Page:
Knowledge is power. And what is one thing that most consumers want besides money? Power.
Over 73% of US consumers research items online before making a purchase. (http://www.godigitalmarketing.com/shopper-research-state-consumer-buying-habits-national-blog/). Many start the self-education cycle before even knowing they are going to make a purchase.
For this very reason, it is imperative for brands to provide a constant source of informational, educational and enlightening content for their audience. Why? If consumers are searching for information online, you are not going to be considered unless they find you through their self-education cycle. Your best bet is to consistently put out fresh information on a variety of relevant topics, increasing your chances of being found and relaying the information your audience is interested in.
For example, Whole Foods has a breakout content marketing presence that leaves other brands shrouded in their dust. They know their audience and they know what type of information they want. They put out tons of content (1-2 blog posts per day) that talks about food, nutrition, food sourcing, cooking, recipes and more. They engage the audience they have, and will be readily found by those seeking this type of information. And guess what? Educating with useful content builds goodwill and loyalty. If people come to you for information, they will buy from you. They will trust you. Whole Food knows this and uses it to their advantage.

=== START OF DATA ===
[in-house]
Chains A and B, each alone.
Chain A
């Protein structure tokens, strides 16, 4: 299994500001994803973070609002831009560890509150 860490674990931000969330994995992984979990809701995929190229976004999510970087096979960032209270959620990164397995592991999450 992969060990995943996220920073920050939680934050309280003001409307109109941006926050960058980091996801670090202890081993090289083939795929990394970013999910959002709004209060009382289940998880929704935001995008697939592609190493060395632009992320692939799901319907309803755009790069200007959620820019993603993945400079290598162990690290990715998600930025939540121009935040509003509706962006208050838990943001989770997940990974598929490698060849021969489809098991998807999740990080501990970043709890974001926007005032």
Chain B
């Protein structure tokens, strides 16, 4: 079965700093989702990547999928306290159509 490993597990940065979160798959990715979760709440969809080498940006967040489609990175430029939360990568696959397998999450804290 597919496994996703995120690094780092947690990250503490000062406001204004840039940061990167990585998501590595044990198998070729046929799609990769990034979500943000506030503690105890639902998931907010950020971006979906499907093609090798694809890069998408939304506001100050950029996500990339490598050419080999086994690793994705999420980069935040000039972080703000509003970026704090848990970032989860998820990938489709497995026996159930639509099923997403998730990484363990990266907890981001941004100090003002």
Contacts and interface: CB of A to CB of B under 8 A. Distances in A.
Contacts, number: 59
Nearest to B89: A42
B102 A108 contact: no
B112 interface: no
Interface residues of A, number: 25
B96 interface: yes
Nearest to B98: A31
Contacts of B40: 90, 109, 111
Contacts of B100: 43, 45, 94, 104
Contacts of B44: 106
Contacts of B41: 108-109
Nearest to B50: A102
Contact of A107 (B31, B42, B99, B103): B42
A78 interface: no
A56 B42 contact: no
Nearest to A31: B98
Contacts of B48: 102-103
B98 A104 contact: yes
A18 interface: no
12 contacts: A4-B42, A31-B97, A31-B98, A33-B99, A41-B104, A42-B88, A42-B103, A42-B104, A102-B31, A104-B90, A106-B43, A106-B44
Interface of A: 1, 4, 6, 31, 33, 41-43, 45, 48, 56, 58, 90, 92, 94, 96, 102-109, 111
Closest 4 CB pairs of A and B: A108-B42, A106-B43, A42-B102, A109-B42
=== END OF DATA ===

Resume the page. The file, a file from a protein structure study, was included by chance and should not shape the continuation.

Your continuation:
To reach, or even approach, content a strategy like Whole Foods is almost out of reach given the amount of time, money and other resources that need to be put toward it. That’s where content curation comes in.
Content curation can be defined as the act of taking what someone else has written and using its premise for your content. It is not plagiarizing, it is not simply sharing someone else’s content. To be curation, you need to add a twist (new perspective or angle) of your own to the content, or add your own insight to the article, blog or idea you are sharing.
For content marketing to make a useful impact on your organic reach, your content needs to be of high quality, it must talk about topics that are relevant to your industry and brand, and it must be on topics that people will search for online. And of course, the more content you put out, the more helpful it is: Hubspot found that “companies that blog 15 or more times per month get 5 times more traffic” (Youtility, p87). The more content you put out, the more chances your site has of showing up in search engine results; not to mention the deeper people will be able to get on your site as they self-educate.
15 blogs per month sounds pretty unattainable for most. And for most, it is. Heck, even 8 per month is a stretch. That’s why content curation exists. People all over the country are talking about the topics you want to talk about. Sometimes they say it better than you can. Why not use that to your advantage? Writing a completely original piece is not always necessary. Borrow from others, give them the credit, and expand on their ideas to offer additional value to your customers.
If you have to write everything yourself, there would certainly be no time for other high-value, quick return initiatives. Free up some of your limited time and increase your ROI while you’re at it!
Get a jump start by using UpContent - it’s designed to help you find the right content at the right time to get your customers engaged and to spark conversation!
Need some help getting started with curation or have any questions? Let us know!